We need to show our children how to ask for help when they need it and reassure them that it’s a sign of strength, not weakness.Continue reading
ISPCC is delighted to have the support of Keelings for the 5th year in a row to help us continue deliver our services to children at risk.Continue reading
ISPCC is delighted to have been awarded funding for our work addressing the traumas endured by Ukrainian families through Theraplay.Continue reading
In our Volunteer’s Blog, we explore why it’s important for parents and carers to be comfortable with their children contacting ChildlineContinue reading
To mark the launch of Secure Net, Vodafone Ireland has conducted a national study on the Irish public’s concerns around online safetyContinue reading
The ISPCC has been chosen as one of several charities who will benefit from the incredible 2021 Late Late Toy Show Appeal.Continue reading
In a time of great turmoil and change, Childline is here for every child and young person – including those making a new life in this country.
Childline has updated it’s extensive suite of services to accommodate the growing number of children, young people and families seeking refuge in Ireland from the war in Ukraine.
New additions to our services include the following:
- Selected sections of the Childline website have been translated into Ukrainian including sections on what Childline is; limits of confidentiality; how to access all Childline services, our privacy statement and in particular, how to register and login for live chat and text services online.
(As part of this translation, there will be an explanation that while the phone service is English-speaking, we can engage in their language through the 24 hour text and chat service)
- 24 hour active listening Text and Chat line available on a 24-hour basis to engage with the child in their language
- Provision of a 24-hour helpline to children – English speaking only – 1800 66 66 66
- A Parent’s Support Line that will operate from 9am – 1pm Monday to Friday
- Parenting Supports – in particular the development of content / articles translated into Ukrainian on topics of particular interest to this particular group and made available on the Parenting Hub of ispcc.ie e.g. How to create happy moments for your child during stressful times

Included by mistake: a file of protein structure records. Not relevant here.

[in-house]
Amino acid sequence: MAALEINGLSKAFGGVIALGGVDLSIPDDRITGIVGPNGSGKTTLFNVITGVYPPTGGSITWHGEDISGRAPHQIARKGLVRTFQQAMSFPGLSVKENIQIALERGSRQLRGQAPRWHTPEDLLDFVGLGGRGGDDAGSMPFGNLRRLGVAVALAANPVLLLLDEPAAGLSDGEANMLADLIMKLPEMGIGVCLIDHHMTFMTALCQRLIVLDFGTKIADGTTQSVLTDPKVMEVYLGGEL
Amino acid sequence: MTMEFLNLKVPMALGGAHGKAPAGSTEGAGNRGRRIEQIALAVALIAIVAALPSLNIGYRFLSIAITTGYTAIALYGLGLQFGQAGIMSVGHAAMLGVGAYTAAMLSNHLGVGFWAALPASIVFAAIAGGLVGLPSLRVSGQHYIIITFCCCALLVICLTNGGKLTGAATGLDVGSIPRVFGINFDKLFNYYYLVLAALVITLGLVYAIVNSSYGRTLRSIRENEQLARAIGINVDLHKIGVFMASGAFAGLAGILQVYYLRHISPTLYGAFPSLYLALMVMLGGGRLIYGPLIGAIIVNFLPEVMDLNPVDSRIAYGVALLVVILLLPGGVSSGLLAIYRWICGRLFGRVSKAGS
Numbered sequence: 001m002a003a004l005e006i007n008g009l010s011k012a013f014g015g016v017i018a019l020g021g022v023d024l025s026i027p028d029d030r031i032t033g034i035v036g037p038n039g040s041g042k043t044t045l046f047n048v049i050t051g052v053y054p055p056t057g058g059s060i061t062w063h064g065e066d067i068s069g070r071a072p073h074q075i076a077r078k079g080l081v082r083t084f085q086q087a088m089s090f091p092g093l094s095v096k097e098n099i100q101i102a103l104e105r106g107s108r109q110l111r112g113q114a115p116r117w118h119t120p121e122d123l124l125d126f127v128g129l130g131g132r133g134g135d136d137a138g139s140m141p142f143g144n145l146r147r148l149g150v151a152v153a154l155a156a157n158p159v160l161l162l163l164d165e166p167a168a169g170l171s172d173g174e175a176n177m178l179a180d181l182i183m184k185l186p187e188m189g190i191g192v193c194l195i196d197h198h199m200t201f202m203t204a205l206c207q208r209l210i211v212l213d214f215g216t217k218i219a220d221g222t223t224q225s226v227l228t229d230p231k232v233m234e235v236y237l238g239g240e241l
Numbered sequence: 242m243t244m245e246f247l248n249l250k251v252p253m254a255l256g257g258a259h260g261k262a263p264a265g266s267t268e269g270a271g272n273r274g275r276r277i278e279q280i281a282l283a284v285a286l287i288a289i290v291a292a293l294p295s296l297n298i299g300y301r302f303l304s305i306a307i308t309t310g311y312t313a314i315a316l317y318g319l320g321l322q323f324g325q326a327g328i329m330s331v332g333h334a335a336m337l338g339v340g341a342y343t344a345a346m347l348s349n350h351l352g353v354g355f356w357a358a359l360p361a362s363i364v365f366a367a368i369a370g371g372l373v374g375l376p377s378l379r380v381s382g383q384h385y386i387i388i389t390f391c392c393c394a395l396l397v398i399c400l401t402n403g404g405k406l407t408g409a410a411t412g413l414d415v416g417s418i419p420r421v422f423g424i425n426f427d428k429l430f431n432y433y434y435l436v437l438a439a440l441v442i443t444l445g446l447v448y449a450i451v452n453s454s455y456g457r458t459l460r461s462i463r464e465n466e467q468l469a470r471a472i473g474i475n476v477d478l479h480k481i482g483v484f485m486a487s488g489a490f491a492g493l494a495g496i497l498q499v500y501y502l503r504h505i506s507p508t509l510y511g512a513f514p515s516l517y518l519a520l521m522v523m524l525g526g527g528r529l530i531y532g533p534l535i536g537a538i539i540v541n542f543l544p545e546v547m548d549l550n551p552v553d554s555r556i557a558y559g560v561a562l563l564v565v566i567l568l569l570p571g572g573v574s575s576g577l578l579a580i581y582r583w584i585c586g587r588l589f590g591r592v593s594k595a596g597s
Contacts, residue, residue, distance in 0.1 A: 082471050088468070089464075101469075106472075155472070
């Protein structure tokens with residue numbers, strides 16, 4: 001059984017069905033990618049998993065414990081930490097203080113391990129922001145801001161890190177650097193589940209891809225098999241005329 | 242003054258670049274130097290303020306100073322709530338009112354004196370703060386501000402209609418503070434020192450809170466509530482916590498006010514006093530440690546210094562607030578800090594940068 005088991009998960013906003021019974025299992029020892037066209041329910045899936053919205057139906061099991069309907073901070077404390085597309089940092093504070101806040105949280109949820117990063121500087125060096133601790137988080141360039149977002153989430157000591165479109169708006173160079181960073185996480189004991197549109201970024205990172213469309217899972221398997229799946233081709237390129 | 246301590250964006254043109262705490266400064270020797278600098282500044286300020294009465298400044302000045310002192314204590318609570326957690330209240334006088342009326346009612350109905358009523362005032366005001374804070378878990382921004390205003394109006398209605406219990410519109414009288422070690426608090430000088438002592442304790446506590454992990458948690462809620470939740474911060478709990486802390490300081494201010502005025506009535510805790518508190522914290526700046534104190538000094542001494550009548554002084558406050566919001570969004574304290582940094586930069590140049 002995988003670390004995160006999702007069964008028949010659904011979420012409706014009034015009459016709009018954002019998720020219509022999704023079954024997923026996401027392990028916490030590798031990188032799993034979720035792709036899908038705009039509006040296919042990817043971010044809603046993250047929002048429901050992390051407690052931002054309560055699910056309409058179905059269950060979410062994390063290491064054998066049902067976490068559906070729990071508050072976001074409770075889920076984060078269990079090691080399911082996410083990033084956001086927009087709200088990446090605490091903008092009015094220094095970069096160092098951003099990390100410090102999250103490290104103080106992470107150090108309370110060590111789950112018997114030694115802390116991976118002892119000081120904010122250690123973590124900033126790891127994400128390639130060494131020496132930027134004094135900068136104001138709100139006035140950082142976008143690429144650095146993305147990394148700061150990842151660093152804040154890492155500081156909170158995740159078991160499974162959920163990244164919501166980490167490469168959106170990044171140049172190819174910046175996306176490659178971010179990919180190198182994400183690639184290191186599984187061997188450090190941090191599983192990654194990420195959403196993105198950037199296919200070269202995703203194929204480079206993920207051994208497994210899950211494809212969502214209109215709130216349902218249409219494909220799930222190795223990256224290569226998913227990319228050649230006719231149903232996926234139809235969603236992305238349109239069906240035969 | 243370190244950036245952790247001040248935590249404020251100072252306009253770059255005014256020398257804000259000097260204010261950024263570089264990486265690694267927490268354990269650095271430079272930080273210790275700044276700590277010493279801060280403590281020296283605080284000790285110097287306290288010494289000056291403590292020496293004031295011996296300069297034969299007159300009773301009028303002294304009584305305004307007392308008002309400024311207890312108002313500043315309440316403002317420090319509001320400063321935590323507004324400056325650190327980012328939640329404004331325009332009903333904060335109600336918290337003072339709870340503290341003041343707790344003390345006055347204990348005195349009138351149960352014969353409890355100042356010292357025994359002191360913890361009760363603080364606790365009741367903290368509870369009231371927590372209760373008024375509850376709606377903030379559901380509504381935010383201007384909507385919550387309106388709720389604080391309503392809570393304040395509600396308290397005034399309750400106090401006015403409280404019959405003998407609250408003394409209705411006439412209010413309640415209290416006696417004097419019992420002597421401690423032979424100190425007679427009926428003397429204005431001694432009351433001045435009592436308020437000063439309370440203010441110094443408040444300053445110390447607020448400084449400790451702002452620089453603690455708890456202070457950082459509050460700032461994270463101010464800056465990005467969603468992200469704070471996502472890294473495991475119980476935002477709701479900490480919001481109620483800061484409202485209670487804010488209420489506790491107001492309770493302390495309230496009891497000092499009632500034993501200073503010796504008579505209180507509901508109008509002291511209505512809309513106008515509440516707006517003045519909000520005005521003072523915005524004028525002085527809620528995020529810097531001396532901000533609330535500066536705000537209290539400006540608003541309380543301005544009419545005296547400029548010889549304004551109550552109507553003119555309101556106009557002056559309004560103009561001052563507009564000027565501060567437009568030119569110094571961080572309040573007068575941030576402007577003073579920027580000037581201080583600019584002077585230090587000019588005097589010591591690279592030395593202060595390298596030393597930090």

- E-therapeutic support (one-to-one support) delivered to children virtually. Interpreters where required will be utilised during these sessions. We have recruited Ukranian, Hungarian and Russian-speaking volunteers who are currently going through garda vetting – these volunteers will be utilised in Teams therapeutic sessions with children and families
- Future plans include the expansion of the Ask Alex service for children arriving from the Ukraine who cannot speak English. Within this service “Alex” responds to a selection of questions posed by children on Childline.ie. All these questions and responses are publicly available at Childline.ie for all children and young people to see. This is very beneficial to some children who may not be ready to take that first step of reaching out for support. This service will be made available in Ukrainian
- We also plan to develop video content (in Ukranian) on coping skills and mindfulness practices which will be available on Chidlline.ie and shared widely (via social channels).
Director of Services, Caroline O’Sullivan said:
“Childline services are available 24 hours a day to any child living in Ireland. We are delighted that we are able to extend these services to children and families who have arrived or are arriving from Ukraine.